If you don’t think it can happen to you, you are lying to yourself. “It’s difficult for them to see whose paycheck depends on not seeing,” said Upton Sinclair. It is also difficult for them to see whose sense of well being depends on not seeing. And at some point, that is all of us.


It’s happening again. It is happening in front of our eyes. The denial. The deflection. The deceit.

All of the toxic impulses that contrived to allow the systematic abuse of thousands of children in Rotherham are again being redeployed in the face of the damning, incontrovertible evidence of the nature and scale of that abuse. Hear that sound? That low rumble? It is the sound of liberal wagons again being circled.

I genuinely thought the Jay report marked the end. The moment when those of us on the Left who had tried to turn away from the reality of the racial component of the crimes perpetrated in Rotherham would finally hold up our hands and acknowledge the truth. But I forgot. The progressive Left can never be wrong.

So the arguments are being marshaled. The lines-to-take issued.

The first is that the Rotherham scandal is a great political construct of the Right and their friends in the “Right-wing media”. “The authorities’ failure to act, it is suggested, was conditioned by nervousness about being branded racist,” writes Paul Vallely in the Guardian. “Some sections of the media have gleefully portrayed this as a failure of liberal notions that social harmony in Britain is best served by celebrating every culture.” “The right can make it only about race,” says Suzanne Moore.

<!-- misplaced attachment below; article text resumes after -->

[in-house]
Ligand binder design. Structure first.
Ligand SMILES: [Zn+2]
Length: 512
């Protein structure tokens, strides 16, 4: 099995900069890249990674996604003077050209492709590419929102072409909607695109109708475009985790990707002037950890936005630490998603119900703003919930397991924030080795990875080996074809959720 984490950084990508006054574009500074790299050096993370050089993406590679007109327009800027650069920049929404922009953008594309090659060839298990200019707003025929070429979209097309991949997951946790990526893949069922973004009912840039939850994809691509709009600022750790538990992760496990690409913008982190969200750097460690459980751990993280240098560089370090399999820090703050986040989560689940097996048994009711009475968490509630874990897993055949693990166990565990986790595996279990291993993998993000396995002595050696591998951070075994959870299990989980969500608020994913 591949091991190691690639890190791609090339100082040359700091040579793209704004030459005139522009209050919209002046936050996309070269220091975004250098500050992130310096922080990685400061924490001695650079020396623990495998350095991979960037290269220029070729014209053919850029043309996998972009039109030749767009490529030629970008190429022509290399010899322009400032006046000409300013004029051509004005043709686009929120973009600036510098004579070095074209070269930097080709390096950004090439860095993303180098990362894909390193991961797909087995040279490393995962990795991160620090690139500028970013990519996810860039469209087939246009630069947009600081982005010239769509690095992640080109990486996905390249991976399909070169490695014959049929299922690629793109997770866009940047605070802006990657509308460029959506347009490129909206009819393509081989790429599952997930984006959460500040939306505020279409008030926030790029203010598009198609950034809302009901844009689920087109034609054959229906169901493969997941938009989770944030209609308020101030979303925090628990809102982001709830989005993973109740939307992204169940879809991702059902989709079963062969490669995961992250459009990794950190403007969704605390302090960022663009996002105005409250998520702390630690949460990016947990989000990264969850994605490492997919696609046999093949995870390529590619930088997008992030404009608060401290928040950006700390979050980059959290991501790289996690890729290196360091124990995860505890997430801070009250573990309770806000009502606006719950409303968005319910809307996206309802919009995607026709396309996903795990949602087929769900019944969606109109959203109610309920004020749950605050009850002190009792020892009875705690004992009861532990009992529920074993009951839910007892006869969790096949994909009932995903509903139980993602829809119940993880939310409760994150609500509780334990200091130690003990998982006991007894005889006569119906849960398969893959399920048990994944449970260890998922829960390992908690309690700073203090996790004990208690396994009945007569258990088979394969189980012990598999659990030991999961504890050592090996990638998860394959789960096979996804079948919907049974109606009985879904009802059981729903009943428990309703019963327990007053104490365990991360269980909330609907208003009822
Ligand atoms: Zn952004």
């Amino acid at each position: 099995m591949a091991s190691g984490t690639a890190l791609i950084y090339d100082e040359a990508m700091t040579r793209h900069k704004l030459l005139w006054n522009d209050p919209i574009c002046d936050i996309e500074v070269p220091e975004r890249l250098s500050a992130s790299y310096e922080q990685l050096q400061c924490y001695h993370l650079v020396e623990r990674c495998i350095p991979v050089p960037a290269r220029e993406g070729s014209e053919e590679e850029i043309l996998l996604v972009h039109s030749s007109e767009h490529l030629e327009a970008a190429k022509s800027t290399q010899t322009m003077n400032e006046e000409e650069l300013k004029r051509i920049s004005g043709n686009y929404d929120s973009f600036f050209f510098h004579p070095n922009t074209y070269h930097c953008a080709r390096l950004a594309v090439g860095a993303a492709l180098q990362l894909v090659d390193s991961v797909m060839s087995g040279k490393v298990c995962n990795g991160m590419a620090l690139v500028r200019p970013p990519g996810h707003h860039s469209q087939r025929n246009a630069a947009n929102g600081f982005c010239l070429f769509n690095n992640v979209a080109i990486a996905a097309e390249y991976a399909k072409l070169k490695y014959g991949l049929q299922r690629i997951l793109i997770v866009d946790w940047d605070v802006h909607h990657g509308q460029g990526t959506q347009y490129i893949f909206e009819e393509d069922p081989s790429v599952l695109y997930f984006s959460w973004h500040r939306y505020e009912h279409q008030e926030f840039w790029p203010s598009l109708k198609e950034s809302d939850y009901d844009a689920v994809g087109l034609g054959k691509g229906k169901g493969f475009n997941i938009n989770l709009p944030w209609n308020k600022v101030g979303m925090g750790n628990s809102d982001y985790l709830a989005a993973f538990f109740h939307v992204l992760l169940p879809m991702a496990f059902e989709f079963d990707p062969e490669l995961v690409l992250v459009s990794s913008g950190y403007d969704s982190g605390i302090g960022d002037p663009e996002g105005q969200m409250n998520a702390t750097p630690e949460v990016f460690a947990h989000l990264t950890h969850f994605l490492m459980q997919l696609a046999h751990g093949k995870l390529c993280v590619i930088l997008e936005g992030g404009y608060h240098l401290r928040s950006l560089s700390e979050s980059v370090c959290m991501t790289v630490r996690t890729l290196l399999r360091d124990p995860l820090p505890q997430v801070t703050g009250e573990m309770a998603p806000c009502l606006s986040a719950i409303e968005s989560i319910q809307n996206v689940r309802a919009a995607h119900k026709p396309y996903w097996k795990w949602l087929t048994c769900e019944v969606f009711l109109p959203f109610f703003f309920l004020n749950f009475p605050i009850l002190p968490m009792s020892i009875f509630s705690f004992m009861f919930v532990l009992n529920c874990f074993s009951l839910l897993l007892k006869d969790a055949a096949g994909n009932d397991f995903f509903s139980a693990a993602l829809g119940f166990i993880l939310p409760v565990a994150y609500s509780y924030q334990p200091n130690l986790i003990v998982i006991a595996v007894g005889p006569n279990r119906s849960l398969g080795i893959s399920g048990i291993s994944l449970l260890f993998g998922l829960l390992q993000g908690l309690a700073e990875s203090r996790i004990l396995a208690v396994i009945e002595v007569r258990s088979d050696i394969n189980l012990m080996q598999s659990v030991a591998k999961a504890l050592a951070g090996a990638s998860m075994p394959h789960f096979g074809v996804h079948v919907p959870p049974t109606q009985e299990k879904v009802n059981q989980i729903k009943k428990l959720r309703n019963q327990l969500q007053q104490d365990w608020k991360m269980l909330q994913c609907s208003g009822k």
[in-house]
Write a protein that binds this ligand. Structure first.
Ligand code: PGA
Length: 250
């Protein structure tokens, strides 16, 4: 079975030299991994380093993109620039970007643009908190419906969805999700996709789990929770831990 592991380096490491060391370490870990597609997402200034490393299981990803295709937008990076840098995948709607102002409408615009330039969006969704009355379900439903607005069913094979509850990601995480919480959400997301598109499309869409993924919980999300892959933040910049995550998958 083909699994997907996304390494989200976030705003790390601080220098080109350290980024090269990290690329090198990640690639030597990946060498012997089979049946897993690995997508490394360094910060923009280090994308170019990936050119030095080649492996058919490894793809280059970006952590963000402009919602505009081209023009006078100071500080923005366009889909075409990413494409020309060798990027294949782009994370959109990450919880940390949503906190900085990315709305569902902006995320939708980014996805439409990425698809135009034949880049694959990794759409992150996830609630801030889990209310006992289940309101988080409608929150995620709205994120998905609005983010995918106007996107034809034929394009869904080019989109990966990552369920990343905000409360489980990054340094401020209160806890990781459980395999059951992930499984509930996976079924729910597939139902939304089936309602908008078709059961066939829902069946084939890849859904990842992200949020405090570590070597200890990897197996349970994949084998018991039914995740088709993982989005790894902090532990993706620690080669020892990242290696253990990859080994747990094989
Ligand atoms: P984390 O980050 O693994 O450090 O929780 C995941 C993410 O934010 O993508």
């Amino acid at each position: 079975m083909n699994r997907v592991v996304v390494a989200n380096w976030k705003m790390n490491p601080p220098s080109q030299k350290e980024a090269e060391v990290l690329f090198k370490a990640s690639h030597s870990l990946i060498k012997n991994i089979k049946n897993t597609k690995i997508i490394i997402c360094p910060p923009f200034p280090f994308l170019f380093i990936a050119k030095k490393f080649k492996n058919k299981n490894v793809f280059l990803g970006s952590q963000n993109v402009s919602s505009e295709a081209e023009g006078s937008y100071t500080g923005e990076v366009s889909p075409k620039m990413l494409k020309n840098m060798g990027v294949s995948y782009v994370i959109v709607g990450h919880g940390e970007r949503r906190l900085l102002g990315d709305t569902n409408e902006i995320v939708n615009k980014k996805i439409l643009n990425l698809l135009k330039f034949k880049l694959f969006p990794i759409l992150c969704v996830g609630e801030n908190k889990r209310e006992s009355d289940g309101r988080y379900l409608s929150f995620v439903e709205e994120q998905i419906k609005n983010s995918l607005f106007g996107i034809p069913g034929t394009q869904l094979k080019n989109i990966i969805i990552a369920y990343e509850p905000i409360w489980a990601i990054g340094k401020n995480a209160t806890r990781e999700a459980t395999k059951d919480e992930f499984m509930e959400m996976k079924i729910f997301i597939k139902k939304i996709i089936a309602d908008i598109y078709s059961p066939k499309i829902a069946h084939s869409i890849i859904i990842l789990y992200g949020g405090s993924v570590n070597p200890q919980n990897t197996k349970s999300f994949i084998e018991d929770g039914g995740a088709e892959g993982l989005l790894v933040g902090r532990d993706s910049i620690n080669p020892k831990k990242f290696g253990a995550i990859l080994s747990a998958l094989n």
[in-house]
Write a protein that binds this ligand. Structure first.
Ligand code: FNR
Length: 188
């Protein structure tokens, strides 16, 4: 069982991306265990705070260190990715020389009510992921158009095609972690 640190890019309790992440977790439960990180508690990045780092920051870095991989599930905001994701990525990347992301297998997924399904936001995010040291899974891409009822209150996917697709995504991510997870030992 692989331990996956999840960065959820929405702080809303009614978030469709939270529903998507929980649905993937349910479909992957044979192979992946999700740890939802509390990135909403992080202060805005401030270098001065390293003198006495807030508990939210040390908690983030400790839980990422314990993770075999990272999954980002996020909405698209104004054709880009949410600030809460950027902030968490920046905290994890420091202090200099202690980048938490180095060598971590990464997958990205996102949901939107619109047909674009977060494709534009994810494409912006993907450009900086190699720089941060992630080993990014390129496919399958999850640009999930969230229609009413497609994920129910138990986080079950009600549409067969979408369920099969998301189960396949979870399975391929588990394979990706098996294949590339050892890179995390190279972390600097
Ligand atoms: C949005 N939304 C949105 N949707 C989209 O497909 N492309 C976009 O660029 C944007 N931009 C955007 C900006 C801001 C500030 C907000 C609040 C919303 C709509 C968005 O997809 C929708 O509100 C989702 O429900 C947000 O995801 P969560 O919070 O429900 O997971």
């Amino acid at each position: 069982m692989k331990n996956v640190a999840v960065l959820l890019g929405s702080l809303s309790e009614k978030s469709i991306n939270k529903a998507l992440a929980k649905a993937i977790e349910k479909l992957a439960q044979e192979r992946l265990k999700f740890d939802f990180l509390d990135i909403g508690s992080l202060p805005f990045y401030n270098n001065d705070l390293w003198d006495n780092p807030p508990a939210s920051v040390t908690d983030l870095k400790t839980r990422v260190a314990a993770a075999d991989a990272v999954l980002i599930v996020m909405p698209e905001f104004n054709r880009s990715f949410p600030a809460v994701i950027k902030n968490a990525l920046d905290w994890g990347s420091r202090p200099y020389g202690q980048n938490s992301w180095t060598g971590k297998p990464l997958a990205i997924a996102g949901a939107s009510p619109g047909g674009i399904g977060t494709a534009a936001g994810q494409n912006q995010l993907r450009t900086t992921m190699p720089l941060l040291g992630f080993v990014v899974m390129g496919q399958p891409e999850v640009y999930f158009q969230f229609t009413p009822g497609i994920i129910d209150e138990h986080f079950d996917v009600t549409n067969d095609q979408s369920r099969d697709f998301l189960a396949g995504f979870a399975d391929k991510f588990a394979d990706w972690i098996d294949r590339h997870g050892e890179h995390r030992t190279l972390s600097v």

It’s not the Right who have made it about race. It’s the abusers of Rochdale who taunted their victims as “white trash”, the social workers who failed to act effectively because of the race of the perpetrators, the politicians who told them not to act because of race of the perpetrators, and the police who failed to do their duty because of the race of the perpetrators, who made it about race. The only thing the press have “gleefully portrayed” is the findings of half a dozen independent reports, a number of which had been deliberately suppressed, which set out all these facts in irrefutable detail. It is not “suggested” that the authorities failed to act because of racial sensitivities. It has been proven beyond a shred of reasonable doubt they failed to act because of racial sensitivities.


about the author

Rod Dreher is a senior editor at The American Conservative. A veteran of three decades of magazine and newspaper journalism, he has also written three New York Times bestsellers—Live Not By Lies, The Benedict Option, and The Little Way of Ruthie Lemingas well as Crunchy Cons and How Dante Can Save Your Life. Dreher lives in Baton Rouge, La.